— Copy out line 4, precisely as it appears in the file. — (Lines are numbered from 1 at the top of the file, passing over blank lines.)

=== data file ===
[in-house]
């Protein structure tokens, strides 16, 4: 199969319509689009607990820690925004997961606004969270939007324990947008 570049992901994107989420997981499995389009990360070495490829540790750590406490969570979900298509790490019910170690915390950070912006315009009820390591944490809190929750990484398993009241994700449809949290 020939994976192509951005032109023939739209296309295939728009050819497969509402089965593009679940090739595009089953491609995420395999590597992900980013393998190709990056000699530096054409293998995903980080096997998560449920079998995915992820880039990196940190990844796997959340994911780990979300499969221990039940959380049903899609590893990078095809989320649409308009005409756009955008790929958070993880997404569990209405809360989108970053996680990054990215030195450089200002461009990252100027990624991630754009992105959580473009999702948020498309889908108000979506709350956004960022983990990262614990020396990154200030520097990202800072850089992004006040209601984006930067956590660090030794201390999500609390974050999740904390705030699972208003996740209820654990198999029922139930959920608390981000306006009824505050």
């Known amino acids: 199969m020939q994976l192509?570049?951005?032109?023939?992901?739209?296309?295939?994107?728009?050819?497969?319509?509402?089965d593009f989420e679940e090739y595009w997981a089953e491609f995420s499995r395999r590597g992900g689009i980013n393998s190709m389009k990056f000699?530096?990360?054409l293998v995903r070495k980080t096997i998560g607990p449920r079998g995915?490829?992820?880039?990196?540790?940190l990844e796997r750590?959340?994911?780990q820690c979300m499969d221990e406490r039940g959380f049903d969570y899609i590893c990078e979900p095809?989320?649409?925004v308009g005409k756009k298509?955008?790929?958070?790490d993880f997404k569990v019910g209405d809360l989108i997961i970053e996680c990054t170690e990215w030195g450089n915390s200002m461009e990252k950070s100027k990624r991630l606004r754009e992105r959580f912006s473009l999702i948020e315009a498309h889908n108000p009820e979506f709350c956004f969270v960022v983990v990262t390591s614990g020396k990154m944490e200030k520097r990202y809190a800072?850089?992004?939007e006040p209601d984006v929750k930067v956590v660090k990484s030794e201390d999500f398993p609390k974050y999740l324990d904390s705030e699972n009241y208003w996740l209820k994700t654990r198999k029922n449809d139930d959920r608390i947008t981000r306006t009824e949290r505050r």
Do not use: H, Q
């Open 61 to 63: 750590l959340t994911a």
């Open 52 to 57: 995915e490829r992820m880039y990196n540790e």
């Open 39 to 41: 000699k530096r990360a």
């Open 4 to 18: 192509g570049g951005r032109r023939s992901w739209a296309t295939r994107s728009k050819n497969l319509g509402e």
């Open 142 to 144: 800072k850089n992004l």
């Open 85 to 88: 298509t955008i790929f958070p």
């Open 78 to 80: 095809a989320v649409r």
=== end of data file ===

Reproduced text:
Do not use: H, Q